By: Kristen Hannum
The rules for funerals changed fast in March.
Marie Henry remembered a family planning their loved one’s funeral at that time through Valley Memorial.
On Monday, March 16, the family adjusted to the limit of 50, as did the staff of the funeral home, part of Foundation Partners Group.
On Tuesday, the funeral director called them again. Now fewer than 25 mourners would be allowed.
Again the family adjusted.
Then the limit was lowered to 10 and everything changed. “We had to rethink the service,” Henry said.
While the limits feel harsh, funerals around the world in recent months have been “super-spreader” events, setting off raging numbers of coronavirus infections. The best-known example in the United States was in Albany, Georgia. At the beginning of April, that southern state had only 5,400 cases of COVID-19. Health officials said they believed a quarter of those cases could be traced to two funerals in Albany, a city about the size of Medford. At the time, that outbreak was the nation’s fourth worst per capita.
“Nobody wants to be that funeral home,” said Tim Corbett, director of cemeteries for the Archdiocese of Portland.
Thinking about how families can manage such loss without coming together begins with considering why we mourn collectively.
“We grieve as communities,” said Henry, “because words are inadequate. That is the process of grieving.”
Distressed families have managed these past weeks, although Elizabeth Fournier, owner of Cornerstone Funeral Services in Boring, believes they are not getting what they need. “People should be able to hug and kiss — and hand off the meat loaf,” she said.
Caryn Knight, a general manager with Service Corporation International, a funeral home and cemetery group, has observed that while all families in mourning are hurting from not being able to collectively mourn, Catholics in particular have longed for the comfort that comes from the sacraments and rituals funeral Masses provide. “These families are missing that.”
“Our calling is making sure a family can grieve and celebrate the passing of a loved one,” said Knight.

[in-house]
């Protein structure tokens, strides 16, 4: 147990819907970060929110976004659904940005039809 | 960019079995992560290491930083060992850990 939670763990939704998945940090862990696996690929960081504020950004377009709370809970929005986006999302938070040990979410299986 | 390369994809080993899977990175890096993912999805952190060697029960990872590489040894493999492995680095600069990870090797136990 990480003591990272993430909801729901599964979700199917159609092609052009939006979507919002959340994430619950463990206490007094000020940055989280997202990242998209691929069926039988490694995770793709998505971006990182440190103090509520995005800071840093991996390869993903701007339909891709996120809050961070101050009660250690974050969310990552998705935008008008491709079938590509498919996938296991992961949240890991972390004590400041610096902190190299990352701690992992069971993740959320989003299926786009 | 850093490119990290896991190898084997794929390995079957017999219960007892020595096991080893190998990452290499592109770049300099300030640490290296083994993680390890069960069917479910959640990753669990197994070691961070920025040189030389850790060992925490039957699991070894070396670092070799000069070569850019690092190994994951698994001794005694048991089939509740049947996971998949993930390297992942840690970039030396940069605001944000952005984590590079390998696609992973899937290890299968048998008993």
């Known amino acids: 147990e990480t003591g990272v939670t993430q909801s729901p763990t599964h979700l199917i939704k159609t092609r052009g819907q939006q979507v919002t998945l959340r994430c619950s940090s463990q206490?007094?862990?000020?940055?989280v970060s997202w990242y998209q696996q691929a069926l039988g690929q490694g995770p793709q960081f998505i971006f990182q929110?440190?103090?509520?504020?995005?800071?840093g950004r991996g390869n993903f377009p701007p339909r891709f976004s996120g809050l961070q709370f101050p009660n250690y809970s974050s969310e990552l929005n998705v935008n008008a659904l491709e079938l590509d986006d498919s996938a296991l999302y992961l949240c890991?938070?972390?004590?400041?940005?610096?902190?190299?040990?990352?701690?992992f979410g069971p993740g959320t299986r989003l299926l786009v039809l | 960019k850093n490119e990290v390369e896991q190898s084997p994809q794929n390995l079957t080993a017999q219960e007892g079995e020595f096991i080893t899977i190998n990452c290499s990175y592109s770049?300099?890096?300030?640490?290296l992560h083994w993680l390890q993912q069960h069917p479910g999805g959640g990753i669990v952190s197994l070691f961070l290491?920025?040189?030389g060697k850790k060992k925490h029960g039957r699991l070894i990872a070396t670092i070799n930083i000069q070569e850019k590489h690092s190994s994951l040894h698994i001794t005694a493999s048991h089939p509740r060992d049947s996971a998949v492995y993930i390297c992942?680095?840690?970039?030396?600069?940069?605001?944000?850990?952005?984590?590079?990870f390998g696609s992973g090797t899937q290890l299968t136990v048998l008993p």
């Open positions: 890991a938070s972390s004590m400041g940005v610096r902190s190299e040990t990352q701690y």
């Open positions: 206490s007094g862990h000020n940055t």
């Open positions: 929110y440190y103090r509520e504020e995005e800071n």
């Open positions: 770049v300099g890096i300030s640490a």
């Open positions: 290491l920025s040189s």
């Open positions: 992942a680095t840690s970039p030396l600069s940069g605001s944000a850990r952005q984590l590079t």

Their mission directly conflicts with having to tell families that fewer than 10 can attend a visitation, funeral Mass, reception or burial.
“Every single time we have to do this, it’s so hard,” said Knight.
“Funeral directors [like to] say yes,” agreed Corbett. “It’s not in their nature to say no.”
Knight has seen the limits hit tight-knit and large Vietnamese families especially hard.
Henry has noted a fierce sorrow in the Hispanic community.
The miniscule numbers allowed at the funeral Masses are just the beginning. In addition, family members are not traveling by air to be together with family. It’s almost impossible to fly the bodies of immigrants to their hometowns for burial. There aren’t the tearful receptions with their bursts of laughter over loving memories, the meals, be they potlucks with chips and sandwiches or fancy catered affairs. The photos, the hugs, the shared tissues, and the children’s faces, both solemn and mischievous, are all missing.
We all know why: We’re keeping the most vulnerable safe. Including those who don’t even know they’re vulnerable. We’re keeping Oregon’s hospitals from becoming like New York City’s, protecting brave health care and other essential workers most at risk.
But the cost is heavy.
Corbett said his goal is threefold: keeping families safe, keeping the priests safe and keeping his staff safe. It hasn’t been easy.
“Initially we were scrambling,” he said.